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Let X be a topological space. Define a binary relation $\sim$ in $X$ as follows: $x \sim y$ if there exists a connected subspace $C$ included in $X$ such that $x,y$ belong to $C$. Show the following.

(i) $\sim$ is an equivalence relation.

(ii) Each equivalence class is a maximal connected subspace of $X$. These equivalence classes are called the connected components of $X$.

(iii) Each connected component is a closed subset of $X$. To this end, show that the closure of a connected set is connected.

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    $\begingroup$ What did you try?... (i) is pretty straight forward. $\endgroup$
    – Ludolila
    Feb 25, 2013 at 15:32
  • $\begingroup$ Why is no answer accepted? $\endgroup$ Feb 28, 2022 at 18:13

3 Answers 3

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Hint: (i) I guess you're ok with $x \sim x$ and $x\sim y \Rightarrow y \sim x$. For transitivity, recall that the union of two connected sets with nonempty intersection is also a connected set.

(ii) Use the same fact of (i) (possibly with infinite elements) to check that the equivalence classes are connected. If C is a connected set in $X$, note that any two points in $C$ are equivalent, so they all must be contained in an equivalence class.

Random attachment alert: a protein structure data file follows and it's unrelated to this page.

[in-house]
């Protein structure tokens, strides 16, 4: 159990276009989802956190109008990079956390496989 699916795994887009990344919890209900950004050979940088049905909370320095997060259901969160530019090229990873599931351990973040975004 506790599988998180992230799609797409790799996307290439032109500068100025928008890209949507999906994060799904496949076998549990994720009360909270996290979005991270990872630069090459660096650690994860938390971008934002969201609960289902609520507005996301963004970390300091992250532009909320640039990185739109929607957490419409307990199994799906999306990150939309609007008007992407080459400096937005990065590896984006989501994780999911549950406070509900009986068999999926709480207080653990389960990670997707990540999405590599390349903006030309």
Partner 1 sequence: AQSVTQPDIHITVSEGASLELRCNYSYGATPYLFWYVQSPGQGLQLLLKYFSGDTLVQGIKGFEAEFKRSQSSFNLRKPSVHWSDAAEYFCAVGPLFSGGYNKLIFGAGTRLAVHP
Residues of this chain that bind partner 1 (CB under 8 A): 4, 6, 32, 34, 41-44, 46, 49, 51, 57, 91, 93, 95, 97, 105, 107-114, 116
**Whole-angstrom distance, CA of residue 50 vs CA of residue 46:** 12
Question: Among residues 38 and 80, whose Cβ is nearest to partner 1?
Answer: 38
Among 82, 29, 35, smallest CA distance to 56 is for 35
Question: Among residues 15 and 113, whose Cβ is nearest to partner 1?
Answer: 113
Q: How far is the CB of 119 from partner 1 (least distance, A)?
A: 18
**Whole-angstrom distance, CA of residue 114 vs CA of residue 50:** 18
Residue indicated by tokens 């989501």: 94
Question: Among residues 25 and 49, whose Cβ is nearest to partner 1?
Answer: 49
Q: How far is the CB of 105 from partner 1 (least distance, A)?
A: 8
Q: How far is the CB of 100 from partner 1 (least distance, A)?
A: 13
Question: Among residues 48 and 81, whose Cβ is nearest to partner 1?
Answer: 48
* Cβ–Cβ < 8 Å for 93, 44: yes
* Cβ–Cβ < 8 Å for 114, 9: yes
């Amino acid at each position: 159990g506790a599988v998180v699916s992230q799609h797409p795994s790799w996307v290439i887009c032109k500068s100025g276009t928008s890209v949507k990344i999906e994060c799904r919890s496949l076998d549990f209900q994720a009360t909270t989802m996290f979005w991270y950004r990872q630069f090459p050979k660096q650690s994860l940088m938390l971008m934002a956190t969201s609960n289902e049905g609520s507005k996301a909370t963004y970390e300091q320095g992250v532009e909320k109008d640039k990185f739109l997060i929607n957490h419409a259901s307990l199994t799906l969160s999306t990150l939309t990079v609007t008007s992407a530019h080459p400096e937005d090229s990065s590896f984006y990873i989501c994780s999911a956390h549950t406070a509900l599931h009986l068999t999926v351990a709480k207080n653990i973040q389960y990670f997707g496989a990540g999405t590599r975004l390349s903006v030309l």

(iii) Closure of a connected subset of $\mathbb{R}$ is connected?

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    $\begingroup$ In (ii), we can argue the connectivity of equiv classes alternately as well: Let $C$ be an equiv class and let $C$ be a disjoint union of the sets $U\cap C$ and $V\cap C$ ($U$, $V$ open in $X$). We need to show that one of these is empty. If possible, choose $x\in U\cap C$ and $y\in V\cap C$. Now, take a connected subspace $Y$ that contains both $x$ and $y$, and observe that $Y\subseteq C$ so that $Y = Y\cap C$, getting that $Y$ is a disjoint union of nonempty opens $U\cap Y$ and $V\cap Y$, contradicting the connectivity of $Y$. $\endgroup$
    – Atom
    Oct 19, 2023 at 12:06
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$\textbf{Hint:}$ (i) is straightforward.

(ii) If $A$ is an equivalence class and $A \subseteq B$ where $B$ is connected, show that $B \subseteq A$ (note that $\forall x \in B$, $\forall a \in A$ we have $x$~ $a$).

(iii) If $A$ is a connected component, note that $A$ is dense in $cl(A)$ and apply (ii) to get $A=cl(A)$.

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You can prove the following: If $A$ is connected in $X$, then $A\subseteq B\subseteq \bar A$ implies $B$ is connected. Argue that if $B$ is not connected, then neither is $A$.

Thus, the closure of a connected set is connected. In particular, $\overline{\operatorname{Cmp}(a)}\ni a$ is connected, so $\overline{\operatorname{Cmp}(a)}\subseteq {\operatorname{Cmp}(a)}$ and the reverse inclusion always holds, so $$\overline{\operatorname{Cmp}(a)}={\operatorname{Cmp}(a)}$$

and the component is closed.

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